From Beto to Simone Pafundi: How Udinese hunt for talent in the midst of next-gen era of soccer scouting

There is an infinite list of young talents discovered by Udinese in the past decade or so. Alexis Sanchez, Rodrigo de Paul or Samir Handanovic are just a few of the names that come to mind. Udinese built a scouting system over the years that made them an elite European club when it comes to discovering talent around the globe. However, something seems to have changed recently. 

When modern technology completely overturned the way scouts and the clubs operate, Udinese had to find a way to adapt. There were a few reasons as to why they were considered as one of the bests in the past. Not only did they have a knack for identifying talent, but they also established a revolutionary system that made them the quickest club to find new players. Behind the scenes in Udine, they created their own secret scouting platform and had a room with more than 20 televisions where they could watch players from all over the world. They were able to capitalize off of a market inefficiency. 

Then, everything changed when things became readily available to anyone in the public, regardless of whether they were involved in the sport or not. These days, platforms such as Wyscout are able to provide to the clubs and sport directors data and video footage of basically every single player around the globe. With the advent of this new system of work, Udinese found the way to stay at the top and still being considered one of the best European clubs to find new talents. So, how did they do it? I sat down with head of scouting Andrea Carnevale and technical director Pierpaolo Marino to discuss what they’ve done in the past years and how the impact of the technology in this world has changed their way of working to find new talent.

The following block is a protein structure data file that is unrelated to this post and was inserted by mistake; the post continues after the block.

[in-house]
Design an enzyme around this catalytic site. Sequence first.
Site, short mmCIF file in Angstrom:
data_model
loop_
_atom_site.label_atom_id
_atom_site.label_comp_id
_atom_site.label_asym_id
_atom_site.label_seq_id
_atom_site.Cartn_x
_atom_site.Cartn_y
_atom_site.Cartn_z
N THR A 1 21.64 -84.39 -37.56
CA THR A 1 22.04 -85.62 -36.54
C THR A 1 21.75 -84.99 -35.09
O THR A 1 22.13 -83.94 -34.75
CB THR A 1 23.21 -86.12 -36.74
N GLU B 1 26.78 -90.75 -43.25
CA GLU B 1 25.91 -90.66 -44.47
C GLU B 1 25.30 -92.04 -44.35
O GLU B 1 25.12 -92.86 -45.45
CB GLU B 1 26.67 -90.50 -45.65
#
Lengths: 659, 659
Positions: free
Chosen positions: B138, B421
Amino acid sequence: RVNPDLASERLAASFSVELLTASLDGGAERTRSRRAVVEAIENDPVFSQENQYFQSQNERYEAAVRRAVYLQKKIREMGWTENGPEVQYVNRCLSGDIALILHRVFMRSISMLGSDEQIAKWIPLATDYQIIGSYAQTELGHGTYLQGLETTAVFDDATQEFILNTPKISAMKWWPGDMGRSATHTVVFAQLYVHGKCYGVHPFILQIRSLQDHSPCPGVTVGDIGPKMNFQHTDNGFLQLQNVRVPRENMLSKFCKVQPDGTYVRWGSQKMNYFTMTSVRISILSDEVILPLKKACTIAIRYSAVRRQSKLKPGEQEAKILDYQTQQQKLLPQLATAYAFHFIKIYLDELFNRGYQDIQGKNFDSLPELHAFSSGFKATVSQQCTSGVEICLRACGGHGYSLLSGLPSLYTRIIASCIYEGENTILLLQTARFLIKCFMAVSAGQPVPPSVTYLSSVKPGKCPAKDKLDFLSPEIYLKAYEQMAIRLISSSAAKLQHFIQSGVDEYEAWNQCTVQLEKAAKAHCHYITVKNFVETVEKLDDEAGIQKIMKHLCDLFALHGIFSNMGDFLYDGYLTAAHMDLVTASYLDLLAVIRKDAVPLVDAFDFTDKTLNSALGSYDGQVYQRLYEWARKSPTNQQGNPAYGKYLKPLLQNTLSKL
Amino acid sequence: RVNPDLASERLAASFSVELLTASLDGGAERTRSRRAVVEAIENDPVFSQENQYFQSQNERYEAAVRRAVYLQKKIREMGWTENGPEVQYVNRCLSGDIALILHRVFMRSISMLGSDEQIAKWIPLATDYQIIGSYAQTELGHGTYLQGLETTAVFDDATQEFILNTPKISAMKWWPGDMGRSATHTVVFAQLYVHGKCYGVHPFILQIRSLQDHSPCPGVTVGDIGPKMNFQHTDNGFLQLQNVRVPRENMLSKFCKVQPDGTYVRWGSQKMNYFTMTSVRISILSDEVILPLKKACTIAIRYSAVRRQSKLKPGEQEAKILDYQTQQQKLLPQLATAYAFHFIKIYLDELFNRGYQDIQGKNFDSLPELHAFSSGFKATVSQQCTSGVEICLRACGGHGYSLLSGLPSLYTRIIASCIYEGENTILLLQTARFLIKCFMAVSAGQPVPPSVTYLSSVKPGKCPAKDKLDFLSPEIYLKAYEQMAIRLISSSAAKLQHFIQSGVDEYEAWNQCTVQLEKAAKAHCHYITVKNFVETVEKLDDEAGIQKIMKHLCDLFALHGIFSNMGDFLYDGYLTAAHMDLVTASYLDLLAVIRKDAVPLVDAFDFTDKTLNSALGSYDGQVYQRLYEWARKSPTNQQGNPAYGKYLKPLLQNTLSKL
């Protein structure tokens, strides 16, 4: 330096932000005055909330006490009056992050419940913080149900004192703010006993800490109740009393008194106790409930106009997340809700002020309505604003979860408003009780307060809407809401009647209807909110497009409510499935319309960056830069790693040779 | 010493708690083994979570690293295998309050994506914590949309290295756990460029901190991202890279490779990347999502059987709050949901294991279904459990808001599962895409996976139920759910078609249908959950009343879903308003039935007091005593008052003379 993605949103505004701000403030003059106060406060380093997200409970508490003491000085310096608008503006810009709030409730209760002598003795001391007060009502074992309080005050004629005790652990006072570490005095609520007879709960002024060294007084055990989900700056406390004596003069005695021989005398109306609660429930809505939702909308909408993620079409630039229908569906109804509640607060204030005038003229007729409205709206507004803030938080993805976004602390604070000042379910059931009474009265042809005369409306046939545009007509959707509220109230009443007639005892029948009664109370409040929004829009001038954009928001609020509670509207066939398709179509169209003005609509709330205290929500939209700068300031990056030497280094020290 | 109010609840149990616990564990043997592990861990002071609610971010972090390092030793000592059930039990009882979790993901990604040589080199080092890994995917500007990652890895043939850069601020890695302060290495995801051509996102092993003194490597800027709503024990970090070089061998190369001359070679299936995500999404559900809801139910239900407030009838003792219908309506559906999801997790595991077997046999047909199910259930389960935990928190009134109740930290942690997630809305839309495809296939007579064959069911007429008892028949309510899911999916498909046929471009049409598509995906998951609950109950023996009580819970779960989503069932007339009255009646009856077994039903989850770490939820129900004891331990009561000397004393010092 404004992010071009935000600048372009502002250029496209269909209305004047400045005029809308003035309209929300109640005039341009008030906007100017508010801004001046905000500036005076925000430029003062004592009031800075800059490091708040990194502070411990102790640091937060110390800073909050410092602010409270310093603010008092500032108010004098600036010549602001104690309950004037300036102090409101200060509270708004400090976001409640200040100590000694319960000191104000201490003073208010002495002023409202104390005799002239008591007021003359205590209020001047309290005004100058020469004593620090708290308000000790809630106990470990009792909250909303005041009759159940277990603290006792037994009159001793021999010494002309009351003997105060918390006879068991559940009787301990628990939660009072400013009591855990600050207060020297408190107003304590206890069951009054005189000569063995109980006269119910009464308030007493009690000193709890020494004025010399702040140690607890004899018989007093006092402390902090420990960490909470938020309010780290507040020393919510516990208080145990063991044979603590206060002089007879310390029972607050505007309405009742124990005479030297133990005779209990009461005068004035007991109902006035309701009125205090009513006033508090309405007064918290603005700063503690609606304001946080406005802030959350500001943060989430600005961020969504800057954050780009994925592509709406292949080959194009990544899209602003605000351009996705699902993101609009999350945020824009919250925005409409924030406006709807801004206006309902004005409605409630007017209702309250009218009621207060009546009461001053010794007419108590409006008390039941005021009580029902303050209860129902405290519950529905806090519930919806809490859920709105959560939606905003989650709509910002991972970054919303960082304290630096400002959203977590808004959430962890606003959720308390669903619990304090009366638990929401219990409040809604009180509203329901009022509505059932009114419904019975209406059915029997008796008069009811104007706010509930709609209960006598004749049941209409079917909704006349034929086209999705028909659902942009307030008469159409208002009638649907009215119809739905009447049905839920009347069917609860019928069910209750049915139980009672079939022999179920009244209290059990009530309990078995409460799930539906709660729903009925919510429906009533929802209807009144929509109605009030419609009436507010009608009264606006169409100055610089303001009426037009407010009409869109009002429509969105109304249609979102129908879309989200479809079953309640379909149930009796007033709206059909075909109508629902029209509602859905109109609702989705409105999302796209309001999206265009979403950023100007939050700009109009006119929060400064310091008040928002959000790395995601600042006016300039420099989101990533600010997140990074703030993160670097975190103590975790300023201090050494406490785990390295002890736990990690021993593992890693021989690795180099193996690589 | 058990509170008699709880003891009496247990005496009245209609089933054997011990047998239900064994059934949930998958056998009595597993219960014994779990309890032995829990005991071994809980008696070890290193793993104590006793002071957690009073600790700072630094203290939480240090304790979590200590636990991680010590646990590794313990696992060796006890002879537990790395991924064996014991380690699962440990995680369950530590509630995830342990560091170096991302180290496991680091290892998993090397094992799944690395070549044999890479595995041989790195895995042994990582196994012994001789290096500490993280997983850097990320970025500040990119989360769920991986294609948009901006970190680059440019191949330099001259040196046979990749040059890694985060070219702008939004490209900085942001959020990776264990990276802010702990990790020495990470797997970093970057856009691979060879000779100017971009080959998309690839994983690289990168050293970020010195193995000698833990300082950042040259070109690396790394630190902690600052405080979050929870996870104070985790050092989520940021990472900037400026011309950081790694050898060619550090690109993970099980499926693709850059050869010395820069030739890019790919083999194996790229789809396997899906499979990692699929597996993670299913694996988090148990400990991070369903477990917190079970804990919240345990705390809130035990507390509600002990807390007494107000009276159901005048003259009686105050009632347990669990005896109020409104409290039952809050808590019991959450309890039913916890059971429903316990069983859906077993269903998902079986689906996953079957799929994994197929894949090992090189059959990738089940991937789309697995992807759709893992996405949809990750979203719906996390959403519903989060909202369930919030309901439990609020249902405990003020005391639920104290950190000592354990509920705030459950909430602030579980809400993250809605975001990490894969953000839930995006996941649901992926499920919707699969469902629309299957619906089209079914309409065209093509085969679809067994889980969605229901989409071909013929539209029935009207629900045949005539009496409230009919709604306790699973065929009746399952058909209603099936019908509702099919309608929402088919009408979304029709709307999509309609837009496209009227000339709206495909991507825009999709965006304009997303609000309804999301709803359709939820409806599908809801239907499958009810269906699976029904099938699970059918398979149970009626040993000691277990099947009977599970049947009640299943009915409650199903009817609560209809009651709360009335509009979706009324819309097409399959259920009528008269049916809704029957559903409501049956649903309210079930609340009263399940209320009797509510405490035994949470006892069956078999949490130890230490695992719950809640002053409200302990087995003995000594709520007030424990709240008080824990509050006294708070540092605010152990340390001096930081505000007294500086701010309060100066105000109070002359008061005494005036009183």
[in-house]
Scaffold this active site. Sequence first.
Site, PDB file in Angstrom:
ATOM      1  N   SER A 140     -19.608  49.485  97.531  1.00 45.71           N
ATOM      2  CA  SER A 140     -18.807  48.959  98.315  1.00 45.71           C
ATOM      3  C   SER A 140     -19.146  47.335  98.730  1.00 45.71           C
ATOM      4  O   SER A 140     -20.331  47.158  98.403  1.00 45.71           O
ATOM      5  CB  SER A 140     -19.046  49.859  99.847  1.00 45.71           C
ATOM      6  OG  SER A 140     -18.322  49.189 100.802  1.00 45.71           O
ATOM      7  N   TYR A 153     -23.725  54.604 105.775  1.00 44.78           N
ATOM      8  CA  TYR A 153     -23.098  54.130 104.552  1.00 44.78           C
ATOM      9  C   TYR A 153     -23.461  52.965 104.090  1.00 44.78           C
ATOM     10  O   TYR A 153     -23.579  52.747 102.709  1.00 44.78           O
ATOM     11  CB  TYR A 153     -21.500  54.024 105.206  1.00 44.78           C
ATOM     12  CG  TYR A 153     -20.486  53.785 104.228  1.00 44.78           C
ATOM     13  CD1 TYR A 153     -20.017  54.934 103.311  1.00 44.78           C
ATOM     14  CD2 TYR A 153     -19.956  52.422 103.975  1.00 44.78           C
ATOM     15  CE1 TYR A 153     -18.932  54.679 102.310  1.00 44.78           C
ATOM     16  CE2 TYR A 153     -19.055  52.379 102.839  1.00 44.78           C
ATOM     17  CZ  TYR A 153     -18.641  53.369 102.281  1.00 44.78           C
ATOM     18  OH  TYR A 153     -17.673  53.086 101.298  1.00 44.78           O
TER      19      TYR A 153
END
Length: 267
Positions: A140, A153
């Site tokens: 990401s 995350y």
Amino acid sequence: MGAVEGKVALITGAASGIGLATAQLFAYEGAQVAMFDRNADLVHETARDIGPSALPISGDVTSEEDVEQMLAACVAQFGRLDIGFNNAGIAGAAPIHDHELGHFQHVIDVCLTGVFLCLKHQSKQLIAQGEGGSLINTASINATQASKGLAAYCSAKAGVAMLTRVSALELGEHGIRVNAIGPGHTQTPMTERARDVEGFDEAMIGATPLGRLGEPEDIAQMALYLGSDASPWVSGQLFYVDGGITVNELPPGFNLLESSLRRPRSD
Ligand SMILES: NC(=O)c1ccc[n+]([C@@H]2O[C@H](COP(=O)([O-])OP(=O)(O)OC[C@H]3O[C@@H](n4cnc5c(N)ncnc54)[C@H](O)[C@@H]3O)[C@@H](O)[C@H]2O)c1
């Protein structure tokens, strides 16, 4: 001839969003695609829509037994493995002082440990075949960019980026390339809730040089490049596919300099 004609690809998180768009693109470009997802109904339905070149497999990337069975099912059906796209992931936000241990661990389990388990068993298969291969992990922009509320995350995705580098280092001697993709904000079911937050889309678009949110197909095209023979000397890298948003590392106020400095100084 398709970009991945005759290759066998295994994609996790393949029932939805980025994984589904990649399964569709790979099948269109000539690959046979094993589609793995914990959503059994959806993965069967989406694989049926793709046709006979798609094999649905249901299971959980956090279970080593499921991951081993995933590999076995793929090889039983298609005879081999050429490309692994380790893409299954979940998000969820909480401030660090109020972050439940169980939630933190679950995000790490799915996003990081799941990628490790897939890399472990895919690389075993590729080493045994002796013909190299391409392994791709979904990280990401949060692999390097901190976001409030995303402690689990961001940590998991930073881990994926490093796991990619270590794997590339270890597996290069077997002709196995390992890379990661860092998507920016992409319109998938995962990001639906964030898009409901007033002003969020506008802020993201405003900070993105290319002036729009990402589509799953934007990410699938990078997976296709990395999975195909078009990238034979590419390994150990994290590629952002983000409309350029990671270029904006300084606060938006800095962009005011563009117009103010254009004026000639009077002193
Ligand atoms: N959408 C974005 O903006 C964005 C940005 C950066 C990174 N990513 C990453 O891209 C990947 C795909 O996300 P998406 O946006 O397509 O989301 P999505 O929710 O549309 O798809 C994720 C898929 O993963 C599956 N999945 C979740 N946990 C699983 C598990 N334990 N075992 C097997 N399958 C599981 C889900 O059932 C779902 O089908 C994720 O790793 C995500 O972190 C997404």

“A lot of things have changed. Twenty years ago we had our own platform that today sadly doesn’t exist anymore after the advent of the new platforms,” Carnevale told CBS Sports. “Our own system was the advantage over the others and we could cope that financially we were not as the big teams around Europe. 

“The timing was and is key. We want to get these talents before our competitors. The fact that all these players are now accessible to basically all the teams in the world made us lose the advantage we had before. For sure, this change has destabilized us a bit, but it also made us stronger and we are still the best team when it comes to discovering talent around the world. 

“We didn’t change so much our way of working. We still go around the world to watch the players we follow and I have a great team of former players that know really well how to do this job. Udinese are always on point and present in all the most important competitions around the globe. Considering the economical difference between us and City, PSG, Real Madrid and all the top teams, I think we are doing great. When I go around, especially outside Italy, they tell me that we are everywhere. This makes me happy. It means that are doing the things in the right way.”